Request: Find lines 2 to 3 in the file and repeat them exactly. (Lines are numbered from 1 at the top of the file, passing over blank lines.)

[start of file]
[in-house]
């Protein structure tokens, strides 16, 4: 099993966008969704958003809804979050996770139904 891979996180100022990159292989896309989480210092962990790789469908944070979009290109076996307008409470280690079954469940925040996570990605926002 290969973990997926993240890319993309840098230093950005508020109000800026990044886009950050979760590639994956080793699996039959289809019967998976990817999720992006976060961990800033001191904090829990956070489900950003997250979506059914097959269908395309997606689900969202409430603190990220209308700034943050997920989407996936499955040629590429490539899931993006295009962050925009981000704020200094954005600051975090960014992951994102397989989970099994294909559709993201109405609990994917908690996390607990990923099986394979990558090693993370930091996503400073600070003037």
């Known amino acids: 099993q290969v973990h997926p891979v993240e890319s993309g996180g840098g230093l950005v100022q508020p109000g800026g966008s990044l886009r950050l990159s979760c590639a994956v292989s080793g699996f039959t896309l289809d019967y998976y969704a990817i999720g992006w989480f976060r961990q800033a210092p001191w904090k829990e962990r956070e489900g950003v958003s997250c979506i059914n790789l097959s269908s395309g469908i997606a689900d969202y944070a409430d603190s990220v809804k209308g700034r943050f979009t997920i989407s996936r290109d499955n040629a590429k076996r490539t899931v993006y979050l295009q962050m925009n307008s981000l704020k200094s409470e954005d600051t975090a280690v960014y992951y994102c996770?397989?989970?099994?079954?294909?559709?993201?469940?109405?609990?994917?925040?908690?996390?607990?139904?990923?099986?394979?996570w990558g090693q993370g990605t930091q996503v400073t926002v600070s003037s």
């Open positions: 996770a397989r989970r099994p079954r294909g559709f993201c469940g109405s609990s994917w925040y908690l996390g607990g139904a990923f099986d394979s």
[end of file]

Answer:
């Protein structure tokens, strides 16, 4: 099993966008969704958003809804979050996770139904 891979996180100022990159292989896309989480210092962990790789469908944070979009290109076996307008409470280690079954469940925040996570990605926002 290969973990997926993240890319993309840098230093950005508020109000800026990044886009950050979760590639994956080793699996039959289809019967998976990817999720992006976060961990800033001191904090829990956070489900950003997250979506059914097959269908395309997606689900969202409430603190990220209308700034943050997920989407996936499955040629590429490539899931993006295009962050925009981000704020200094954005600051975090960014992951994102397989989970099994294909559709993201109405609990994917908690996390607990990923099986394979990558090693993370930091996503400073600070003037």
């Known amino acids: 099993q290969v973990h997926p891979v993240e890319s993309g996180g840098g230093l950005v100022q508020p109000g800026g966008s990044l886009r950050l990159s979760c590639a994956v292989s080793g699996f039959t896309l289809d019967y998976y969704a990817i999720g992006w989480f976060r961990q800033a210092p001191w904090k829990e962990r956070e489900g950003v958003s997250c979506i059914n790789l097959s269908s395309g469908i997606a689900d969202y944070a409430d603190s990220v809804k209308g700034r943050f979009t997920i989407s996936r290109d499955n040629a590429k076996r490539t899931v993006y979050l295009q962050m925009n307008s981000l704020k200094s409470e954005d600051t975090a280690v960014y992951y994102c996770?397989?989970?099994?079954?294909?559709?993201?469940?109405?609990?994917?925040?908690?996390?607990?139904?990923?099986?394979?996570w990558g090693q993370g990605t930091q996503v400073t926002v600070s003037s």